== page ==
Yep sprinter is definitely here! I’m a firm believer in Tim Entwisle’s re-definition of Australian seasons. We are not quite finished with winter but the garden is well into spring, never mind the calendar.

I may not have heard the Bronze Cuckoos yet, but the Spotted Pardalote’s are actively inspecting our compost heap and drilling test nest burrows and the magpie’s are mating on our neighbour’s lawn (don’t look Gladys!).

The female Spotted Pardalote sitting just above the nesting hole
The male Spotted Pardalote waits near the nest

Elsewhere in the garden I am seeing the first flowering of the hellebore plant’s that our friend J and neighbour V, gave to me two year’s ago. Unfortunately my plan for a woodland vignette has descended into a replica of a miltary redoubt, surrounded by wire and posts to keep the marauding chickens out.

Hellebore under siege

Never believe anyone who tells you that chickens and your garden can cohabit happily. For along with all those tasty insects, they will devour your favourite plants. Our chickens appear to have inherited the palates of dissipated Roman emperors. Nothing is beyond their capability to eat, should they desire it. So far they have demolished both the leaves of my waterlily and the known toxic Small Leafed Nardoo, (Marselia angustifolia), toxic to humans that is, but obviously not to chickens. I placed both of these plants in my stone water trough, thinking that they might help oxygenate the water, but once the chickens found them they were decimated in days.

Meanwhile in the front garden my Blue Veronica (Veronica perfoliata) has put on several flower shoots and the yellow-flowered Bulbine Lily (Bulbinopsis bulbine) is thrusting out of the ground bearing fattening buds.

Veronica perfoliata with flower shoots
Bulbinopsis bulbosa, the yellow flowering Bulbine Lily

The flowers of the only Australian ground orchid in my garden, the Blunt Greenhood orchid (Pterostylis curta), have pushed up above the rosettes of leaves filling their terracotta pot. I have also sunk a pot of these orchids into the front garden. I will soon plant them out properly as I see that they have managed to survive the winter frosts (so far).

Buds of the Blunt Greenhood orchid, Pterostylis curta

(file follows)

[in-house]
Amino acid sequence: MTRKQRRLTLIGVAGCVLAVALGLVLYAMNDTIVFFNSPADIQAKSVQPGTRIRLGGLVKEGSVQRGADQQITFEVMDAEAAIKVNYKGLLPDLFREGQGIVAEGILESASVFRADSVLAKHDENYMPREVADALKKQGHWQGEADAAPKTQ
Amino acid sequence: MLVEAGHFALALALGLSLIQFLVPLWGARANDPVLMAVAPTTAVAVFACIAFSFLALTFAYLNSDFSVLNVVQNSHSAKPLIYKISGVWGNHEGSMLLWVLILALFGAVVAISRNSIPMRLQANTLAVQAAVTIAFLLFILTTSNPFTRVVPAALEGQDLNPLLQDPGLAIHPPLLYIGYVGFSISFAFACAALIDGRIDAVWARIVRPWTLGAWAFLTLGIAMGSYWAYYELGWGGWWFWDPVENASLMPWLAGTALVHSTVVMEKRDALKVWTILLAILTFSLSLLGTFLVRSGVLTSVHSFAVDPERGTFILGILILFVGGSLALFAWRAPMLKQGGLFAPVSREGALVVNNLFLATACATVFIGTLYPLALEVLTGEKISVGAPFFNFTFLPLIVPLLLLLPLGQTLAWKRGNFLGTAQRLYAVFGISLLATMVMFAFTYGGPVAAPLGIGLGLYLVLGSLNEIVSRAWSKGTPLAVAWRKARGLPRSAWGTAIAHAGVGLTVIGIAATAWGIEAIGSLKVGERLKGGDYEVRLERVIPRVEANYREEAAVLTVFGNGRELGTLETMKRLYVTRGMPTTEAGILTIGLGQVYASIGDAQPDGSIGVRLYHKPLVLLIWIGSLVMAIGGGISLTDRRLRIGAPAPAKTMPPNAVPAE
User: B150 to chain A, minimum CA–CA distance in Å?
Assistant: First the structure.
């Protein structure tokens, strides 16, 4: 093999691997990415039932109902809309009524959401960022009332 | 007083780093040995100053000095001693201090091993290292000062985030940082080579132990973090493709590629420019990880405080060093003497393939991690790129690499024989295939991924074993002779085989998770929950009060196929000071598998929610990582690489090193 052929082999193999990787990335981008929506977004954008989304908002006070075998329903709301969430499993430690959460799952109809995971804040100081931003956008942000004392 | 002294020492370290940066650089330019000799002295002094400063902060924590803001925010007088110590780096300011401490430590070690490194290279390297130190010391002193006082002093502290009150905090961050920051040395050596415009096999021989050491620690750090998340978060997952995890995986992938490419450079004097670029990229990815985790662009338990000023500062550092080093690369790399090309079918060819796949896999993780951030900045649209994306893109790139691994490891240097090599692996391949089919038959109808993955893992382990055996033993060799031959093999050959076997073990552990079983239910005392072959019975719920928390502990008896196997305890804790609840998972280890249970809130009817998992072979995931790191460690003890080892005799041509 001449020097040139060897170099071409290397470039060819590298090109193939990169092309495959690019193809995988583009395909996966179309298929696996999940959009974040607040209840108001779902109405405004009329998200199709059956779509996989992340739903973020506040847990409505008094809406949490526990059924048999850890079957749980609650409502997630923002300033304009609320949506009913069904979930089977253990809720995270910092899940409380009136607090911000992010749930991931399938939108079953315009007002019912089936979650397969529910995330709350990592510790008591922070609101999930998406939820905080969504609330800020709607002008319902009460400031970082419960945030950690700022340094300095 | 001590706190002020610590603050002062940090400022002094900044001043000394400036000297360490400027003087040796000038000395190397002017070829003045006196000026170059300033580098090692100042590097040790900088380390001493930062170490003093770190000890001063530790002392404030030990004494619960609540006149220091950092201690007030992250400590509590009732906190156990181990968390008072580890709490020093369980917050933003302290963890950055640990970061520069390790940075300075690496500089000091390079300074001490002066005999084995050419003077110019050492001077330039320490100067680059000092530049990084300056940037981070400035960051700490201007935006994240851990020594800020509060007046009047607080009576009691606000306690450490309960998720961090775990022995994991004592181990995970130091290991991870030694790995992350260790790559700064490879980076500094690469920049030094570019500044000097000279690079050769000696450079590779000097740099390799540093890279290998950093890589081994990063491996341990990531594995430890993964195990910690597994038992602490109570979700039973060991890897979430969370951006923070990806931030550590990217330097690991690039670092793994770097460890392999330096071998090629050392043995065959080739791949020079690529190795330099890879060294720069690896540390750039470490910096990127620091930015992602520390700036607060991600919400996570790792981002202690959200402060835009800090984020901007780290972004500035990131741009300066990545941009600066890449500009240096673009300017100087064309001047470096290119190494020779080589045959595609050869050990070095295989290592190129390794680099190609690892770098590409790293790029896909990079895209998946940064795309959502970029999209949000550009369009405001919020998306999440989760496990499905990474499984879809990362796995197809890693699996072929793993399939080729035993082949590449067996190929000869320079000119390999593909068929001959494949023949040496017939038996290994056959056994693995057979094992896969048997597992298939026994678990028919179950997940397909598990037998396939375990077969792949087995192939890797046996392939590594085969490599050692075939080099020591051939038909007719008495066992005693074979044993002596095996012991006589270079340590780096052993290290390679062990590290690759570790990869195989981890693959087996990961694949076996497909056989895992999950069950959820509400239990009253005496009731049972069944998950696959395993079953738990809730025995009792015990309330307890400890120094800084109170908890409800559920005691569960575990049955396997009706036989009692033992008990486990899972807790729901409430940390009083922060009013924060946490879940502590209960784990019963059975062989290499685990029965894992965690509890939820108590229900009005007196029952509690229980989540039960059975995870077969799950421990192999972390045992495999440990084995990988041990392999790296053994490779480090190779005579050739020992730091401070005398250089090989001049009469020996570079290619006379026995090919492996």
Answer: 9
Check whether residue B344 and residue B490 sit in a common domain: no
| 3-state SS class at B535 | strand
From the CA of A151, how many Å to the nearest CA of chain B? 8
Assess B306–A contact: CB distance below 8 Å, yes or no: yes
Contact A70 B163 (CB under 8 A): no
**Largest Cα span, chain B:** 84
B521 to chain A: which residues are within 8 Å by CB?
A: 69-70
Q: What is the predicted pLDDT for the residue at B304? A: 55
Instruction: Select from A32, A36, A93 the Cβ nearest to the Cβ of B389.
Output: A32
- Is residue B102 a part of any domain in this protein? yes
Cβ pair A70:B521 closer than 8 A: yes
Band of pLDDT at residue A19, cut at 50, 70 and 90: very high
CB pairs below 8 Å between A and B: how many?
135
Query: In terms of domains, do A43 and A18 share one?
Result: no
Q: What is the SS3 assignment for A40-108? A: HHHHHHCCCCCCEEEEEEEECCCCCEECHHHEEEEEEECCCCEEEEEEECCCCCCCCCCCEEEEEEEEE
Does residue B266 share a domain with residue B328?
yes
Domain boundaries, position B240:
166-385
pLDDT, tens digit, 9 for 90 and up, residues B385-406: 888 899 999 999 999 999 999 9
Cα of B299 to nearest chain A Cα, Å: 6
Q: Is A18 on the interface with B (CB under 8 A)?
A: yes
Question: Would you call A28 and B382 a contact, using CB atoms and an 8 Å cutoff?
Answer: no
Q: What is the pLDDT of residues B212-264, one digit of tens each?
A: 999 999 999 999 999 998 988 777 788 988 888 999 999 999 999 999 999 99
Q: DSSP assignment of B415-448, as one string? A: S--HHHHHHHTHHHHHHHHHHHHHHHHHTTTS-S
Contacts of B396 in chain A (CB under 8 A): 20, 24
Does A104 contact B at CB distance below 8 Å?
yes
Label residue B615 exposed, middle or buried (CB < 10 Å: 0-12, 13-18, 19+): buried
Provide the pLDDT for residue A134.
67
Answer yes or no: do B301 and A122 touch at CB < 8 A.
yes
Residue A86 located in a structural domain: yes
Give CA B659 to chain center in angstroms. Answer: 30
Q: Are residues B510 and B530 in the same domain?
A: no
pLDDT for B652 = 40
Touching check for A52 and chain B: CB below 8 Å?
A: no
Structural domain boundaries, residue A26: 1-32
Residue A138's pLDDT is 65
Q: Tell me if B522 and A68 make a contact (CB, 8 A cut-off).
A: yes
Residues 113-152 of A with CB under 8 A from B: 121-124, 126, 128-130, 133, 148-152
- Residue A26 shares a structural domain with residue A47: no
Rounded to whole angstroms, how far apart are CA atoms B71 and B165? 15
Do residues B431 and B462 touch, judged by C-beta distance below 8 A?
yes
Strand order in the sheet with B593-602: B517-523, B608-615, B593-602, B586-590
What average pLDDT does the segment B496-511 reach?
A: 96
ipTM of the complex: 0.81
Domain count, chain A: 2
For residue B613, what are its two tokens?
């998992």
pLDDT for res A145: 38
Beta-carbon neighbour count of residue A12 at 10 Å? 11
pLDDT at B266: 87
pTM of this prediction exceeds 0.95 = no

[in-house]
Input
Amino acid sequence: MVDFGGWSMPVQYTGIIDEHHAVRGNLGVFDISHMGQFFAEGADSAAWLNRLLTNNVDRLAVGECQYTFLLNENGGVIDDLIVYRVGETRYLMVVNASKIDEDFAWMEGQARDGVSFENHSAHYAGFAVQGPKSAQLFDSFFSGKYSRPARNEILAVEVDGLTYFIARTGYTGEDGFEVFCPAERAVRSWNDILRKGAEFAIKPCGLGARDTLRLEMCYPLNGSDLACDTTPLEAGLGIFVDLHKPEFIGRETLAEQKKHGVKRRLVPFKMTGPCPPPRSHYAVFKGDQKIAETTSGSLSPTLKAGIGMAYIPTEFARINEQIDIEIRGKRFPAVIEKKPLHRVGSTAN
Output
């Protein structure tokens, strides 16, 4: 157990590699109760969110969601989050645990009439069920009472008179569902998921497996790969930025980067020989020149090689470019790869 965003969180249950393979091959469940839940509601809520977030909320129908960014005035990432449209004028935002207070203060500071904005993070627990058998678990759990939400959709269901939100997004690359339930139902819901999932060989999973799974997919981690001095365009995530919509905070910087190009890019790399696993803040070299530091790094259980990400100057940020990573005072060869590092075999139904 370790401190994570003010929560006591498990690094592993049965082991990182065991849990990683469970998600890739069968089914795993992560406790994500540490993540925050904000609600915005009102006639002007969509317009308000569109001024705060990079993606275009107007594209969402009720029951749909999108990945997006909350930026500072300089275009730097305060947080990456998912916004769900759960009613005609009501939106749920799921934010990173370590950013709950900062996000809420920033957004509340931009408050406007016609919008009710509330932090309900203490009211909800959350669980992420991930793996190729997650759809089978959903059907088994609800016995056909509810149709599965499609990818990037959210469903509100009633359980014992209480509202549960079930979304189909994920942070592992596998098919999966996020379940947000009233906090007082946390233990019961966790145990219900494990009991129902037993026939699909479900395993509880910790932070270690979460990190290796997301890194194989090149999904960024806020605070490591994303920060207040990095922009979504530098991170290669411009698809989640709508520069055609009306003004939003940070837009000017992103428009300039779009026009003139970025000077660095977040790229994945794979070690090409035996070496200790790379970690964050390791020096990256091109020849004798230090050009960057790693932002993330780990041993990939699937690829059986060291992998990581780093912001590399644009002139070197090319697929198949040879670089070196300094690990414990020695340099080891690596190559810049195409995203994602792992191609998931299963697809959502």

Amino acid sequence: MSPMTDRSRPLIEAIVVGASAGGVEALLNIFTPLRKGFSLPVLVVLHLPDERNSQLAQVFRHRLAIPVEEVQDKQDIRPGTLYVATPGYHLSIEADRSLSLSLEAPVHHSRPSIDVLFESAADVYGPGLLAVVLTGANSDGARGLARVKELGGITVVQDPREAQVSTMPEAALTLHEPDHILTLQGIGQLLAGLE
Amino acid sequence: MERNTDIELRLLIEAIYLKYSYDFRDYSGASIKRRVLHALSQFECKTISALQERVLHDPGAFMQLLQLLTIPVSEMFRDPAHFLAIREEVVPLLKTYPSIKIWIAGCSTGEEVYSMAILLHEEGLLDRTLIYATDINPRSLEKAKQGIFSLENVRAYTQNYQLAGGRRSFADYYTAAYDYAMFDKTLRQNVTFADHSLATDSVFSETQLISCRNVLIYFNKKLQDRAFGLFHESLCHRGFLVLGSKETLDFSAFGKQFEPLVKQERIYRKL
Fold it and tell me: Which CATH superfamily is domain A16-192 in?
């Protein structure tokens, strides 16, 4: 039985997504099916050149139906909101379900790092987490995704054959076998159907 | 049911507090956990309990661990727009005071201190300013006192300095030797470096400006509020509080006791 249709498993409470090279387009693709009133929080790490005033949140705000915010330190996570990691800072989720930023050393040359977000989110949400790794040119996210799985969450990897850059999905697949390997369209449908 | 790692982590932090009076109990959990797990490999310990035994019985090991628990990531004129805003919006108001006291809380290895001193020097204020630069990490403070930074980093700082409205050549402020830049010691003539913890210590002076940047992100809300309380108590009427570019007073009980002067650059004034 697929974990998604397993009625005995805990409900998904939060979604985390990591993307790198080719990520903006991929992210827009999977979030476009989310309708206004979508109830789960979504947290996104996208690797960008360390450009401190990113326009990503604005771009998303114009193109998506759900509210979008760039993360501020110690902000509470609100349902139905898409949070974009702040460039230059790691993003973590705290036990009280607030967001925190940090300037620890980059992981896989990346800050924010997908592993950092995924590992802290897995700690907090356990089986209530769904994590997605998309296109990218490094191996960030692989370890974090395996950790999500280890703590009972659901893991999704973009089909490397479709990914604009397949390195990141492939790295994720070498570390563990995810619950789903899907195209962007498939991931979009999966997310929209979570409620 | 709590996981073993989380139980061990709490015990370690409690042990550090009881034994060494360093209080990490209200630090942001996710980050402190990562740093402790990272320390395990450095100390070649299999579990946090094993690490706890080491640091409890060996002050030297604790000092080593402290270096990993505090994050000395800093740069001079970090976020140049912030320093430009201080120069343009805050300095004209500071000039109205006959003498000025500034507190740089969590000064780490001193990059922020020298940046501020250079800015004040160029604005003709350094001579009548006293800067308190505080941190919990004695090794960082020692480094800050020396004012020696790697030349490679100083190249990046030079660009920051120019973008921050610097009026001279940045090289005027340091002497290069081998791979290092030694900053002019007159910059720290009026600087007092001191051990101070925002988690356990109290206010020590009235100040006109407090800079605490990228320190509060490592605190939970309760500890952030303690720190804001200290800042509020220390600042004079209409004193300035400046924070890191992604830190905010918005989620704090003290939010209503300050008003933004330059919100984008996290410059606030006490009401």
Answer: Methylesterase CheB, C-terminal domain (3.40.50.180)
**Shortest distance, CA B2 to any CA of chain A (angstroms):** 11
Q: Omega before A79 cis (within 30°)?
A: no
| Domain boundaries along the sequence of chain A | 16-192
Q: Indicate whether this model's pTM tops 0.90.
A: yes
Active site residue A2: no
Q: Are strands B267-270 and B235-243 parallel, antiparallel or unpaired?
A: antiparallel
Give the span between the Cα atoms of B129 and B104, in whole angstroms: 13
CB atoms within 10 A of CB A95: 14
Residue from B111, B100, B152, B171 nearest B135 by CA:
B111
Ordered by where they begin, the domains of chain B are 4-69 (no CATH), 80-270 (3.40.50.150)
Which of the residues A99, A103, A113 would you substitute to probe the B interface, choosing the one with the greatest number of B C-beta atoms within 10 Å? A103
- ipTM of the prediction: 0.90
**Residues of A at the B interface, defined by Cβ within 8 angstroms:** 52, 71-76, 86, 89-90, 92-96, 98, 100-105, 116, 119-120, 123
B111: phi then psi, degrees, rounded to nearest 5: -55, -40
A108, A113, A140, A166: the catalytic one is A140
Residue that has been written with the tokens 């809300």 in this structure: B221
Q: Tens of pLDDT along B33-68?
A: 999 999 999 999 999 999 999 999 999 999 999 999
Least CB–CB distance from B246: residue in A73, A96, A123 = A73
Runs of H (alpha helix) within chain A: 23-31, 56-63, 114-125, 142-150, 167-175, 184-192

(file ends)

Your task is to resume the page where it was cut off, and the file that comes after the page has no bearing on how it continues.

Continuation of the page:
We have taken advantage of this wonderfully sunny day to plant out lots of Native Bluebell’s (Wahlenbergia sp.) that my partner has a real knack for propagating. I’ve also committed three Eremophila and a Correa, grown from cuttings to the ‘mercies’ of the real garden, death by being ignored in a pot being the alternative.

Alas the weeds have also registered the upswing in the season. At least I can feed them to those marauding imperial chickens!

Some light in the winter dark

We may have passed the shortest day of the year, but here in Canberra we still have quite a bit of winter still to live through. Like my garden I’m slowly coming to life again.

On the weekend we read in the Sydney papers that now was the time to start tomato seeds. In Canberra tomato seeds would be facing this prospect with all the ‘excitement’ of a small child being forced into a cold swimming pool. Here it’s not going to happen unless you have a warm space inside to protect your seeds.

On the other hand our broad beans, which were planted very late this season have now stuck their leaves up out of the ground.

Young broadbeans making an appearance
Young broadbeans making an appearance

My friend M who was far better organised this year actually has pods on her broadbeans!

The new front garden has survived, to some degree the vicissitudes of the people doing the guttering and roof repairs, but the ongoing frosts have really had a big impact on my smaller plants. Just how bad the damage is can’t be fully assessed for another two months when chances of frost have passed, when I can see what will re-shoot and what will need pulling out.

TB’s wasabi plants are growing away quite happily and the citrus trees will shortly be having a new lot of potting mix in their pots ready for growing away into spring.

Wasabi is growing well in our cold climate, under the protection of the tree canopy
Wasabi is growing well in our cold climate, under the protection of the tree canopy

My first hellebore flower has opened.

My first Hellebore flower (well the plant did it really!)
My first Hellebore flower (well the plant did it really!)

But best and most promising of all, our boss hen has started laying eggs again. So far we’ve had one every second day. Let’s hope the other two hens get the message soon!

There is no such thing as a gratuitous chicken photo!
There is no such thing as a gratuitous chicken photo!